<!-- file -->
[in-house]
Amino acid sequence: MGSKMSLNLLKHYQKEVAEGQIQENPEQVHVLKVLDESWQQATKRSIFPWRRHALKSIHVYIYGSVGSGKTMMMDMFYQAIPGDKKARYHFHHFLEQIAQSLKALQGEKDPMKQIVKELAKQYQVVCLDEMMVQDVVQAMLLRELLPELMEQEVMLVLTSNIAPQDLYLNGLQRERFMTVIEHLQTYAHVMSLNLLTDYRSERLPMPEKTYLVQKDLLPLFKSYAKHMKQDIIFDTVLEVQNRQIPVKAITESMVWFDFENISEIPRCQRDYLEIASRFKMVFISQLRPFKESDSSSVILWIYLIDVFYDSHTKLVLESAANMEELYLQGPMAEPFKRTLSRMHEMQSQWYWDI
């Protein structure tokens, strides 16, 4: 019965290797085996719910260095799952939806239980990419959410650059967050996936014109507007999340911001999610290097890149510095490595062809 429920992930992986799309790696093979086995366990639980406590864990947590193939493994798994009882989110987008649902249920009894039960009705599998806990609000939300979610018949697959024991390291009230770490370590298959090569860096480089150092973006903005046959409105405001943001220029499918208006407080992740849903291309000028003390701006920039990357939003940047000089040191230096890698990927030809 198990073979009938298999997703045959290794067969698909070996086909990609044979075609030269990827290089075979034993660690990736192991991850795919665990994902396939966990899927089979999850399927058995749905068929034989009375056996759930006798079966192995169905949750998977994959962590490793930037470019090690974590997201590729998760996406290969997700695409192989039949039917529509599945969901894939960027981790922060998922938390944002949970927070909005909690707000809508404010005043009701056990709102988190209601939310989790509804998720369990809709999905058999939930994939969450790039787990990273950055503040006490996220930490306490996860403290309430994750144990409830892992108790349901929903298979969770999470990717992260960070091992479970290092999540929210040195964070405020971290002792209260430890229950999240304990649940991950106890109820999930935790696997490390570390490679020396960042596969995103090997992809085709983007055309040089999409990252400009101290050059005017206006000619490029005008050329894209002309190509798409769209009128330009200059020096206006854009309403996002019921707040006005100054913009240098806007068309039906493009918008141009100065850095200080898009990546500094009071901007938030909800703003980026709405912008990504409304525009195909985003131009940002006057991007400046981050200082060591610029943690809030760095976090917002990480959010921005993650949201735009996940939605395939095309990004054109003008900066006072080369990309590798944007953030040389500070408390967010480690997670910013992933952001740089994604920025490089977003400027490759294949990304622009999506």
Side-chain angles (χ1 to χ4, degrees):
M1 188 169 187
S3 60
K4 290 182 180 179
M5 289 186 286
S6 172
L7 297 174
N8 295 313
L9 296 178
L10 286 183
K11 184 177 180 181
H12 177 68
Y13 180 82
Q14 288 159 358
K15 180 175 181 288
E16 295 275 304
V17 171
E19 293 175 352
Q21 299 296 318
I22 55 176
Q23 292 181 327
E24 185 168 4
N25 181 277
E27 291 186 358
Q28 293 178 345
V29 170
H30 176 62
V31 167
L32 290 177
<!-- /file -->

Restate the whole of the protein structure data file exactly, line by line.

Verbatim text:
[in-house]
Amino acid sequence: MGSKMSLNLLKHYQKEVAEGQIQENPEQVHVLKVLDESWQQATKRSIFPWRRHALKSIHVYIYGSVGSGKTMMMDMFYQAIPGDKKARYHFHHFLEQIAQSLKALQGEKDPMKQIVKELAKQYQVVCLDEMMVQDVVQAMLLRELLPELMEQEVMLVLTSNIAPQDLYLNGLQRERFMTVIEHLQTYAHVMSLNLLTDYRSERLPMPEKTYLVQKDLLPLFKSYAKHMKQDIIFDTVLEVQNRQIPVKAITESMVWFDFENISEIPRCQRDYLEIASRFKMVFISQLRPFKESDSSSVILWIYLIDVFYDSHTKLVLESAANMEELYLQGPMAEPFKRTLSRMHEMQSQWYWDI
């Protein structure tokens, strides 16, 4: 019965290797085996719910260095799952939806239980990419959410650059967050996936014109507007999340911001999610290097890149510095490595062809 429920992930992986799309790696093979086995366990639980406590864990947590193939493994798994009882989110987008649902249920009894039960009705599998806990609000939300979610018949697959024991390291009230770490370590298959090569860096480089150092973006903005046959409105405001943001220029499918208006407080992740849903291309000028003390701006920039990357939003940047000089040191230096890698990927030809 198990073979009938298999997703045959290794067969698909070996086909990609044979075609030269990827290089075979034993660690990736192991991850795919665990994902396939966990899927089979999850399927058995749905068929034989009375056996759930006798079966192995169905949750998977994959962590490793930037470019090690974590997201590729998760996406290969997700695409192989039949039917529509599945969901894939960027981790922060998922938390944002949970927070909005909690707000809508404010005043009701056990709102988190209601939310989790509804998720369990809709999905058999939930994939969450790039787990990273950055503040006490996220930490306490996860403290309430994750144990409830892992108790349901929903298979969770999470990717992260960070091992479970290092999540929210040195964070405020971290002792209260430890229950999240304990649940991950106890109820999930935790696997490390570390490679020396960042596969995103090997992809085709983007055309040089999409990252400009101290050059005017206006000619490029005008050329894209002309190509798409769209009128330009200059020096206006854009309403996002019921707040006005100054913009240098806007068309039906493009918008141009100065850095200080898009990546500094009071901007938030909800703003980026709405912008990504409304525009195909985003131009940002006057991007400046981050200082060591610029943690809030760095976090917002990480959010921005993650949201735009996940939605395939095309990004054109003008900066006072080369990309590798944007953030040389500070408390967010480690997670910013992933952001740089994604920025490089977003400027490759294949990304622009999506």
Side-chain angles (χ1 to χ4, degrees):
M1 188 169 187
S3 60
K4 290 182 180 179
M5 289 186 286
S6 172
L7 297 174
N8 295 313
L9 296 178
L10 286 183
K11 184 177 180 181
H12 177 68
Y13 180 82
Q14 288 159 358
K15 180 175 181 288
E16 295 275 304
V17 171
E19 293 175 352
Q21 299 296 318
I22 55 176
Q23 292 181 327
E24 185 168 4
N25 181 277
E27 291 186 358
Q28 293 178 345
V29 170
H30 176 62
V31 167
L32 290 177